- Start/End: Telegraph Saddle
- Distance: 45km (circuit walk)
- Time: 11.5hrs (around 9hrs walking time)
- Grade: moderate/difficult
- Location: Tidal River (Wilson’s Promontory National Park)
- Tour Data: my tour on Komoot
I’ve done many hikes in my life so far but never a marathon hike – more than 42km in one day. It’s not just about the willingness to hike such a distance but also about finding the right track – ideally a round trip motivating you the whole day and not just a walk into one direction and then the same way back. I’ve found such a track in the remote area of the Wilson’s Promontory National Park. A walk within a large coastal wilderness area offering spectacular and varied scenery of mountains, open forest, rainforest, a beautiful beach, wildlife spotting and breathtaking coastlines. In short, the perfect place to do it …
When I told my work colleagues and friends what I was about to do, I was met with questioning looks. ‘But why?’, ‘Alone?’ or ‘That’s too dangerous!’ were some of the reactions I received. The first one was easy to answer: ‘Because I was very keen and wanted to do it.’ The second one as well: ‘Of course alone (there is probably only one person I know I would do such a hike with)’. And the third one? Well of course there’s a little risk with doing such a long hike in a remote location with no network most of the time. Nevertheless, that was a reason to find it even more fascinating. And as I believed it was still less dangerous than jumping out of an aeroplane I also won this discussion. Hence, my project was given the green light and only the weather could have stopped it (but I was more then lucky and had chosen one of the most beautiful days in this winter).
The longest distance I had hiked in the past was 35km. This one was more than 44km. So because of the short daylight time in Australia’s winter and the intention to be able to enjoy the beauty of this area (and not having to rush) I started one hour before sunrise with a head torch – this gave me enough time for several breaks and stops along the route.
It wasn’t as cold as I expected it to be, when I started my hike at 6.30am. The first highlight was watching the sunrise behind Mount Wilson following a second breakfast after the first 12km at the lonesome beach of Waterloo Bay – only me, the ocean and a few birds. Awesome! The second highlight of the day (and time for another break after a first strenuous ascent) was a lookout with great views of the Bass Strait and (still far in the distance) the Wilsons Promontory Lightstation which was my second highlight of the day and marked approximately half of my tour. On this section it was also the first time this morning that I met a few people who stayed at the Lightstation over night and did the tour the other way around. The lighthouse is situated at a beautiful location offering panoramic views to the Bass Strait. From the top of the cliff I was even able to watch a large group of Australian fur seals playing in the water. After 29km I reached the South Point which was my third and very special highlight. Here, I was standing on the most southerly point of the Australian mainland (145° 22′ 26“ East, 39°08′ 12“ South) only surrounded by the ocean. Next stop Tasmania. On my way back up to the Roaring Mag campsite my muscles made their presence and I noticed for the first time that my legs were getting heavy – but I still had 15km left to go. Fortunately, the track leading trough open bushland and forest was as fantastic as all the others of the day; this kept me highly motivated.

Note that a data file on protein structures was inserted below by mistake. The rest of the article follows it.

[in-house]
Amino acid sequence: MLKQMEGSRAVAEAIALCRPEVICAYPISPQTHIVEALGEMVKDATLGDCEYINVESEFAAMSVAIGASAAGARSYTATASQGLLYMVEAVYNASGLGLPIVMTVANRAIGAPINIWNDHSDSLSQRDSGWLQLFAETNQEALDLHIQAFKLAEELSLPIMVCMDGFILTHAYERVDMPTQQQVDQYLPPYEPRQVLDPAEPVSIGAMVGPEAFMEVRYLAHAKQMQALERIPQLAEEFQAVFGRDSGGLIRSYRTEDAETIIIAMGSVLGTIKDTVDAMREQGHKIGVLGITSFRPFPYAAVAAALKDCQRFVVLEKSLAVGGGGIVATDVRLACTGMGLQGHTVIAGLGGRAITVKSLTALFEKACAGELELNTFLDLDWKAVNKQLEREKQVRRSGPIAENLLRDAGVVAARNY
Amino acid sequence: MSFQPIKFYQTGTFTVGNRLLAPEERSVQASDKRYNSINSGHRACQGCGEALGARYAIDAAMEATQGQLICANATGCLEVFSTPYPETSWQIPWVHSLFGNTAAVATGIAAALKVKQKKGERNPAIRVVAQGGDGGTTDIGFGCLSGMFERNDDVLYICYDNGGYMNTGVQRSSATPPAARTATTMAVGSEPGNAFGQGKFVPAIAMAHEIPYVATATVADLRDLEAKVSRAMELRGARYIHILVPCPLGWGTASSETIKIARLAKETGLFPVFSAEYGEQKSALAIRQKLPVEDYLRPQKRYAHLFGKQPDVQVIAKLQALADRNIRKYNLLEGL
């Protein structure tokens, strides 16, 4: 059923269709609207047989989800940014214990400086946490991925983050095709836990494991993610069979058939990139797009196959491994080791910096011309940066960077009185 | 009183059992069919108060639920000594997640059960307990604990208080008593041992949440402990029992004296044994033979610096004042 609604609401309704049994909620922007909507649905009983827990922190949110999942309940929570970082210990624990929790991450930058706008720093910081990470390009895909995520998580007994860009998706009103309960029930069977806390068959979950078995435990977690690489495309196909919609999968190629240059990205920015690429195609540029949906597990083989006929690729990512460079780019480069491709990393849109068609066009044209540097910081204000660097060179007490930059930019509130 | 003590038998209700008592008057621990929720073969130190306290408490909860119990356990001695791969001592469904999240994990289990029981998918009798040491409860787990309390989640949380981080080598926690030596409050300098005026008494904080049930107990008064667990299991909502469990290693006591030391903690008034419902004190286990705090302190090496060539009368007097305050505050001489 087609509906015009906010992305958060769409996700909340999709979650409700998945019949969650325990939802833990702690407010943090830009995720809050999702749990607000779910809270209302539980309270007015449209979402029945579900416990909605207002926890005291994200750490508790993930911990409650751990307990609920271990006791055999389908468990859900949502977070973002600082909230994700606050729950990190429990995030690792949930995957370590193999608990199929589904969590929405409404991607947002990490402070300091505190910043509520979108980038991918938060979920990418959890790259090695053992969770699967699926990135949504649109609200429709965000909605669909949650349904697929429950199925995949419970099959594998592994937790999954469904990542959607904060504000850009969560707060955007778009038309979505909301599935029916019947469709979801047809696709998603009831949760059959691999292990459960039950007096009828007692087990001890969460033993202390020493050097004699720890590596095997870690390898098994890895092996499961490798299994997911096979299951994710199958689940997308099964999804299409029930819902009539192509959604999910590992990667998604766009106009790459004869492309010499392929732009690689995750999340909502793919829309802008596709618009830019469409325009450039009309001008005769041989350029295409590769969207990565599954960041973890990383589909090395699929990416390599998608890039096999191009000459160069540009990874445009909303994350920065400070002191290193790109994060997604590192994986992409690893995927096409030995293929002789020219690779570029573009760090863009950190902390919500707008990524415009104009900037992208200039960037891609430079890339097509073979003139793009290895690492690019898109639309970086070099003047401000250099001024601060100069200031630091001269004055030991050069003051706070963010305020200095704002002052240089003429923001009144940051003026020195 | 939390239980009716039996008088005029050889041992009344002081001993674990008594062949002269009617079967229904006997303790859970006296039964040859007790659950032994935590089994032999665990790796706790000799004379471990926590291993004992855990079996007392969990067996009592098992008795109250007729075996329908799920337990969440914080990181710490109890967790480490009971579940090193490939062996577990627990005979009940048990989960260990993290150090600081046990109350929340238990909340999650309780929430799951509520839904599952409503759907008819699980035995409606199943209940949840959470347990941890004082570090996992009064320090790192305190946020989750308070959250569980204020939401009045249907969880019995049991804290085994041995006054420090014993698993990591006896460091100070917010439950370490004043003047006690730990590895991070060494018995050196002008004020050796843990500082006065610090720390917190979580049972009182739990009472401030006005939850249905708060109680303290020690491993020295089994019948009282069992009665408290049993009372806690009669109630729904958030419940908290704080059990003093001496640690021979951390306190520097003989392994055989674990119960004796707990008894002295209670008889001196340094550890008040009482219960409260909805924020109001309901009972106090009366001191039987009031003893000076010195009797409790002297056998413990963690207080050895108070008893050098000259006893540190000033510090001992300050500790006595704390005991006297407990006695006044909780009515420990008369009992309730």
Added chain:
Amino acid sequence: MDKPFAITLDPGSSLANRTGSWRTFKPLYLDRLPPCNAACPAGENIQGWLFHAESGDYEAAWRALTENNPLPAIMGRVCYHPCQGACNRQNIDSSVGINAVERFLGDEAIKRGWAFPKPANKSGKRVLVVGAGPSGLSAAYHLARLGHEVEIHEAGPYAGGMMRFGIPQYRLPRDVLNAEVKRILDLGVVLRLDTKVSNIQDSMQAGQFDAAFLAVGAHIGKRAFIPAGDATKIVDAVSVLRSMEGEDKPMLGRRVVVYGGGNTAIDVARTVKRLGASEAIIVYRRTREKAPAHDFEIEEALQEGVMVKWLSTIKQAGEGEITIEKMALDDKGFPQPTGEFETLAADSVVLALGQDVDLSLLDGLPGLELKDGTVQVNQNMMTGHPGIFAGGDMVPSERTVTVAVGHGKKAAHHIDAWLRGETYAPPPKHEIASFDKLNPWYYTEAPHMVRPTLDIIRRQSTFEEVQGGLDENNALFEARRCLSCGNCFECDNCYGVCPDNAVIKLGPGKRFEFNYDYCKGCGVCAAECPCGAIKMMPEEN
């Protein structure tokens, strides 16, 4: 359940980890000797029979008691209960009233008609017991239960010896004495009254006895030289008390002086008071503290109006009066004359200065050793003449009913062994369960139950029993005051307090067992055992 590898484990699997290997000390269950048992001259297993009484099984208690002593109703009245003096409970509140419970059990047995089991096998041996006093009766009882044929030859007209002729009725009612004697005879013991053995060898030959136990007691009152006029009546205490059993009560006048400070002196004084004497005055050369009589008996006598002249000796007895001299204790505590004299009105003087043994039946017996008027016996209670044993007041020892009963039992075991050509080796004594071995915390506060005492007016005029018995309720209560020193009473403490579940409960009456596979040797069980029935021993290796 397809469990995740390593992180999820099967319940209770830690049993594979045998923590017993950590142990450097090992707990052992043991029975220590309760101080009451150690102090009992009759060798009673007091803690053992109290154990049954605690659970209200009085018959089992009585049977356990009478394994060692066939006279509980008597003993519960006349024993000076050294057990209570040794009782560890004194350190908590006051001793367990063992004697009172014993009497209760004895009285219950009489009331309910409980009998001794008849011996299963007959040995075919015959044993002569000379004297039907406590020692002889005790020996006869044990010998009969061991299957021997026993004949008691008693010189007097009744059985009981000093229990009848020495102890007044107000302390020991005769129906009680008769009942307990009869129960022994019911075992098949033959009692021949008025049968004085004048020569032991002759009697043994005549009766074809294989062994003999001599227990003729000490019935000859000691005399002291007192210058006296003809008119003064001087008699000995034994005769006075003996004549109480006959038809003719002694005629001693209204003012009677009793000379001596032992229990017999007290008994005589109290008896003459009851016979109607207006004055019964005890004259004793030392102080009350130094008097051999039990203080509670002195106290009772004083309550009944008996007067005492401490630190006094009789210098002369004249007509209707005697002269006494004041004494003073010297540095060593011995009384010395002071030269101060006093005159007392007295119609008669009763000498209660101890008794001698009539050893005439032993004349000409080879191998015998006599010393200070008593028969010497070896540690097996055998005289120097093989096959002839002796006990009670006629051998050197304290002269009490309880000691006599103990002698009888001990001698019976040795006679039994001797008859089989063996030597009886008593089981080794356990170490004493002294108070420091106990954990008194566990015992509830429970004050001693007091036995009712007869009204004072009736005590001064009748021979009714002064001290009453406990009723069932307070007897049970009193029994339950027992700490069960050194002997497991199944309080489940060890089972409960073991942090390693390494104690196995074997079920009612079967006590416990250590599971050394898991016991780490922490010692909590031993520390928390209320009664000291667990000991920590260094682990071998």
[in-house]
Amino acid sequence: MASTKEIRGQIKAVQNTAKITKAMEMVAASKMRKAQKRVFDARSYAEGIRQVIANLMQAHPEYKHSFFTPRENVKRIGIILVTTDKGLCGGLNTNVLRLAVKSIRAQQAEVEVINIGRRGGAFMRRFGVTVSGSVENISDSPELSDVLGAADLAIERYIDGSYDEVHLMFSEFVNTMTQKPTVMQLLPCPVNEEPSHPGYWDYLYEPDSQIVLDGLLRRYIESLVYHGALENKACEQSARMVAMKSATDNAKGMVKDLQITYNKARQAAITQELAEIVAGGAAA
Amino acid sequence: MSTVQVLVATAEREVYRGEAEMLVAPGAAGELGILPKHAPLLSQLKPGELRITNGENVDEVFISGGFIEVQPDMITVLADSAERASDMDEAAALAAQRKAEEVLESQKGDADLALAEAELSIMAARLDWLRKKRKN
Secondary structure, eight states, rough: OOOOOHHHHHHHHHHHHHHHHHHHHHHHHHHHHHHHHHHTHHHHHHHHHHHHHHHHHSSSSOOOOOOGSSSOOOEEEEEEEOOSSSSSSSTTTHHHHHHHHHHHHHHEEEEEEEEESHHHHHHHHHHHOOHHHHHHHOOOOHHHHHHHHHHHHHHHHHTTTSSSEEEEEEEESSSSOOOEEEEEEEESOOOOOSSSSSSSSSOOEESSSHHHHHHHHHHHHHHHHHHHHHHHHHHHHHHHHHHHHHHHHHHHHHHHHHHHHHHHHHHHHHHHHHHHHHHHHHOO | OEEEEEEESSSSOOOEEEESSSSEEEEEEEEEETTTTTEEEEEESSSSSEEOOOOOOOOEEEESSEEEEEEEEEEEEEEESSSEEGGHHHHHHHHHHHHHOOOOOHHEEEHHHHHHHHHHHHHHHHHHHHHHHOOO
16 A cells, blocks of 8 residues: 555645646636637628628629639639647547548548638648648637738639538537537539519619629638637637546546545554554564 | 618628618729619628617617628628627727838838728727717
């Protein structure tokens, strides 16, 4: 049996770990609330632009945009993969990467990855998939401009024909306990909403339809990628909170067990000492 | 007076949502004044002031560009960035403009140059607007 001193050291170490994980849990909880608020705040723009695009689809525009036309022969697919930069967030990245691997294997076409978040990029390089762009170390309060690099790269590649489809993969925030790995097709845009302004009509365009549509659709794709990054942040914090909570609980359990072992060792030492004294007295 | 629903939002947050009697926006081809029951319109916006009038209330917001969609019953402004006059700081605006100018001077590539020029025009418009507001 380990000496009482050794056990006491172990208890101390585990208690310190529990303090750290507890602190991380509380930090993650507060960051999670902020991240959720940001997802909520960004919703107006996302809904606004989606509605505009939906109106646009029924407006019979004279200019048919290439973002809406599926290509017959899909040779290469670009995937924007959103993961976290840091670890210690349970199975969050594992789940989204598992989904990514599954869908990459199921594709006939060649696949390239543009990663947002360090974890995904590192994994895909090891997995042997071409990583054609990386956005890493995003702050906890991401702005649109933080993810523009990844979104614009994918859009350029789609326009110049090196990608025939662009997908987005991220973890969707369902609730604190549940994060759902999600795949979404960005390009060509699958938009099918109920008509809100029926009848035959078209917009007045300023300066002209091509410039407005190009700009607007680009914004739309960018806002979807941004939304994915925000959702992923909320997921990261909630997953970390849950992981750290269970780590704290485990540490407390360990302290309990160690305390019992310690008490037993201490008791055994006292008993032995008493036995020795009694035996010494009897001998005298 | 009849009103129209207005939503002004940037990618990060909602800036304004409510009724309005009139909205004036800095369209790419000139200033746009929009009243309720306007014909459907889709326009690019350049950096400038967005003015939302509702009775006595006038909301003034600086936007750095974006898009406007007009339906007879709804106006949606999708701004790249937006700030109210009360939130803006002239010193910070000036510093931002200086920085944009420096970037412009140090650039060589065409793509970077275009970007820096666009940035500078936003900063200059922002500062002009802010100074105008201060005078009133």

My hike ended at 6pm as I reached the carpark back at Telegraph Saddle, finishing like it all started: in the darkness. The last 6km were definitely the hardest – my feet hurt and my legs felt as heavy as lead. However, it was worth every little pain. Seldom have I felt happier.
Ready to hike 45km in one day? – Here’s what you should not forget:
- Head torch
- Sunscreen (you’re up to 12h exposed to the sun)
- First-aid kit (even though I’m not prone to blisters I had some blister plasters with me this time)
- Spare clothes (e.g. rain jacket, gloves, hat, …)
- Miscellaneous items (e.g. small towel, wet wipes, toilet paper, rubbish bag, camera and a power bank to charge your phone if tracking the tour)
- Enough to drink (I carried 4l with me)
- Ready to use electrolyte powder/solutions
- Varied food (plus some sweet and salty snacks)